Ficus Obliqua

This is a F. obliqua I collected growing out of a sandstone wall in Rushcutters Bay, Sydney, around 20+ years ago. It had a canopy about 3ft across, and these 2 slender trunks holding the whole mass up. No idea how old it is but it must have been growing in the crack in the wall for at least 10 yrs or so to get to the size it was.??? I removed all the branches at the time and ran a saw against the wall and base cut it free. It now stands around 15ins tall and 16in wide canopy. The nebari is my biggest issue with this tree…. very one sided due to its original growing angle. Never really known how to correct or improve it, so have learned to live and work with it.
First pic was November 2011.
Frustrated and neglected for a few years.
Here is the same tree August 2012 after a season of more attention and a regular fert program instead of neglect.
Another year on….October 2012

 I restyled this fig with the original rear view as the new front. There is some lengthening of the RH primary branch to happen, but so far it is powering along. I shouted it a new bigger pot as well and it looks like it is enjoying the extra room….so pretty happy with the progress so far.

January 2014

We are smack bang in the middle of a hot summer down here which is perfect time to work on our figs…. here is the result after defoliation and full rewire, sitting on one of my own home made stands.



Overhead view below, showing good ramification developing.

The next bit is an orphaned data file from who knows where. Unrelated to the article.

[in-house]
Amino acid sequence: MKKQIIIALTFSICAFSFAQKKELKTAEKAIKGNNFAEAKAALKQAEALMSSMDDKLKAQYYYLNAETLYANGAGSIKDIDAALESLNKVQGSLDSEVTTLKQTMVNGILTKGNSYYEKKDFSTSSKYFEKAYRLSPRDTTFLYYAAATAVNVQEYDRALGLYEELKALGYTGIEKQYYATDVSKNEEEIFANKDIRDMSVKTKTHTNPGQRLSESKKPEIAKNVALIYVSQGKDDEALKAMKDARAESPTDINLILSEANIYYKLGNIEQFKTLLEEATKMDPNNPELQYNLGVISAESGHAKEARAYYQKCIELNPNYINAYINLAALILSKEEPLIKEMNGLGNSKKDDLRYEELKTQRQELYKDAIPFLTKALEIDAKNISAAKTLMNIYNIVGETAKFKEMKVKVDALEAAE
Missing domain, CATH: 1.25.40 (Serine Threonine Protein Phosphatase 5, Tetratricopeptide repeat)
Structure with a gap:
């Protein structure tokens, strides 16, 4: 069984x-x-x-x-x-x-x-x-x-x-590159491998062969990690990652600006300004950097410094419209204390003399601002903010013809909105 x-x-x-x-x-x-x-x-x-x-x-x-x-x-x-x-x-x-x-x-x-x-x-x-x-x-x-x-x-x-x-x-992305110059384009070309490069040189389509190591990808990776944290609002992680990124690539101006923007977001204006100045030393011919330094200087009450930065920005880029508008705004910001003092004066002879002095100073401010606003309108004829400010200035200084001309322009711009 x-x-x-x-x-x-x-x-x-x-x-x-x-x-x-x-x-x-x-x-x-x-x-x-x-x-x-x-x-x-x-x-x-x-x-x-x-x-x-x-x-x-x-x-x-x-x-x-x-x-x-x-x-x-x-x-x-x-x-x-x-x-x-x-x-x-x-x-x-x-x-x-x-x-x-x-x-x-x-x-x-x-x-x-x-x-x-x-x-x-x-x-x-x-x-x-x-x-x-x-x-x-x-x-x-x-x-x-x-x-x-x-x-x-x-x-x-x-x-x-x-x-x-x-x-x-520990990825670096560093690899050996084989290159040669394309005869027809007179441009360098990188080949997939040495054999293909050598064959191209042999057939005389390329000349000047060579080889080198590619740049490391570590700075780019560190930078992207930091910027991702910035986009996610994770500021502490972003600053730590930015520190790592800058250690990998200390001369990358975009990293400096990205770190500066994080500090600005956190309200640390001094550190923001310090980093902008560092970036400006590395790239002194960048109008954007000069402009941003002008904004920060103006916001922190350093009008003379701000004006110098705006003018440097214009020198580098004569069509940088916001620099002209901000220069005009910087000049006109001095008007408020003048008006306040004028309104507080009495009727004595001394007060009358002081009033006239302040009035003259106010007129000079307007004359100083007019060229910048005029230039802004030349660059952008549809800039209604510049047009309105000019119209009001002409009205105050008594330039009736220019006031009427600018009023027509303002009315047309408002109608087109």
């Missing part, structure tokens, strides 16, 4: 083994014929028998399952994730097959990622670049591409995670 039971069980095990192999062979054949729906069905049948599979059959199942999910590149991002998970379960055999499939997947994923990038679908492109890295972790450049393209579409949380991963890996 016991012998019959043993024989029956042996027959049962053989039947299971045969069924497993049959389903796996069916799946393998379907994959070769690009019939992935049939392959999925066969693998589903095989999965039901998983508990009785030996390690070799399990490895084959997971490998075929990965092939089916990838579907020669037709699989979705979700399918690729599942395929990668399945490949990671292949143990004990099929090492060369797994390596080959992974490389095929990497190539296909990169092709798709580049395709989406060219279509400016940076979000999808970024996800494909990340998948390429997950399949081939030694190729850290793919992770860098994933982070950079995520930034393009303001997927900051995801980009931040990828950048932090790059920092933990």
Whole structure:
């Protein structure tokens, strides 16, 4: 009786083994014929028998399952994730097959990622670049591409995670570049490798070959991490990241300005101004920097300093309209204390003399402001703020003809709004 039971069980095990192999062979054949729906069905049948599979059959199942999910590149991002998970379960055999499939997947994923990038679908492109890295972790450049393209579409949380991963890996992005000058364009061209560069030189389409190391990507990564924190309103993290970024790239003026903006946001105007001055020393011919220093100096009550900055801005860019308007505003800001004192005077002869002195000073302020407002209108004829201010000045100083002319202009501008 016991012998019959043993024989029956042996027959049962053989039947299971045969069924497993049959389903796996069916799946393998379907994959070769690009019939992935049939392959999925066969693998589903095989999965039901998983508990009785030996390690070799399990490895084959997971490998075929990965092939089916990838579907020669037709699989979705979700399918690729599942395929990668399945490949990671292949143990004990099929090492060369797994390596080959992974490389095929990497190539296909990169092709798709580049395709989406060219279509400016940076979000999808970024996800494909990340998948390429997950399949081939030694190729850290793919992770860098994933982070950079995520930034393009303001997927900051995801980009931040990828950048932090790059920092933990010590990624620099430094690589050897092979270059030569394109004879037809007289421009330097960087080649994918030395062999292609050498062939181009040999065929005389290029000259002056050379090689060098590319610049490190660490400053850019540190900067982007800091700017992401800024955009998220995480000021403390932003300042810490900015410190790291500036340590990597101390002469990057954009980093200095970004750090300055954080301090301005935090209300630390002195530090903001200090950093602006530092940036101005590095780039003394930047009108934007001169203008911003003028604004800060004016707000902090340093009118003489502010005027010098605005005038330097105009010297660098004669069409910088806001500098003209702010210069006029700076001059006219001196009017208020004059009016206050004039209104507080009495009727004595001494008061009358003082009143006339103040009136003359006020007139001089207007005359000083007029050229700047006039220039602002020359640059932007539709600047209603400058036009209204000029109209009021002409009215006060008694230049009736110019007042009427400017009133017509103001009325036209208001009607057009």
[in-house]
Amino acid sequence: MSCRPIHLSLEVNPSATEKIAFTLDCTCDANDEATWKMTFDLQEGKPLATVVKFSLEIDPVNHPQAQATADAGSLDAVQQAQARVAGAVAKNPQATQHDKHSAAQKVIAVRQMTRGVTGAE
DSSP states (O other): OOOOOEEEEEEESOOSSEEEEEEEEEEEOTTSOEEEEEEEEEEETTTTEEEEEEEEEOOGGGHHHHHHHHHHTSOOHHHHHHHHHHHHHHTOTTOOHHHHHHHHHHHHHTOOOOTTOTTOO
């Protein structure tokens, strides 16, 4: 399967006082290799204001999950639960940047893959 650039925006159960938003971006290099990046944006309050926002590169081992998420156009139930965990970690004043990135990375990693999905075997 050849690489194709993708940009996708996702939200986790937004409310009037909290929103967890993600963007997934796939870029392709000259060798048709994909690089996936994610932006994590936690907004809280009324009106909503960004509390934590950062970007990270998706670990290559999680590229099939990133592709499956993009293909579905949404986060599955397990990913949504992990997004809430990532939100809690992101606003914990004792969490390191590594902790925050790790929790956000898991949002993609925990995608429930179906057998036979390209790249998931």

Obliqua overhead ramification 11-1-14

My first cascade stand

A few months ago, I put the word out locally to see if anyone knew of a good supplier of nice affordable bonsai stands….. replies came back with a few leads, but nothing too reliable, so I thought I would investigate the option of making my own. I have limited wood working experience, but like anything, if you seek good advice, and know how to follow it, you may have a chance. I have turned my hand to many things I have no formal training in over the years, and have had success with most I’m proud to say. I turned one into a 30 year professional career strangely enough. Anyway, as it turns out, a few weeks ago, I stumbled upon a blog from a fellow bonsai nut from Fresno, California, who also makes his own beautiful bonsai stands and has been incredibly generous with sharing his knowledge and skills on how he goes about making these bespoke pieces. Referring to his tips and using some of my own skills, I embarked on my first project…. this cascade stand.

A few years ago I began making “one off” longboard skateboards using exotic hardwoods, such as Mahogany, Birch, Maple, Black Bean, Ebony & various others. I bought a few slabs of ”hairy oak” which is a she-oak (Allocasuarina inophloia) from dry areas up in Queensland, and this is what I chose for my first project. It has amazing grain patterns and I know some purists out there will say it’s too flashy for a bonsai stand ‘cos it will distract from beauty of the tree….. I couldn’t care less about that to be honest, as I also have stands I display purely for the beauty of the stand. It doesn’t have to have a tree on it to be admired. Anyway, here it is….. the dimensions are 3.5ins x 3.5ins x 11ins tall.Image

Top detail… the top is a solid ”one piece” with routed profiles and the internal border was carved by hand. My new projects have a central ”foot print” piece plus boarders, following the traditional methods, however I will still work on some designs using a solid one piece top.



I thought I would show the incredible variety of grain patterns in this amazing species. These pics are all from the one 6ft. piece of Hairy Oak, from both sides of the piece.

Hairy Oak-3

This is why it got its name.The bark literally looks like aYetti.

This is why it got its name.
The bark literally looks like aYetti.

Hairy Oak-6 Hairy Oak-11 Hairy oak-10 Hairy Oak-9 Hairy Oak-8

These next few pics are from the one 4ft length of Silky Oak. This is sold in the USA under the name ” Australian Lacewood” .

Silky Oak-4 Silky Oak-2


Silky Oak-7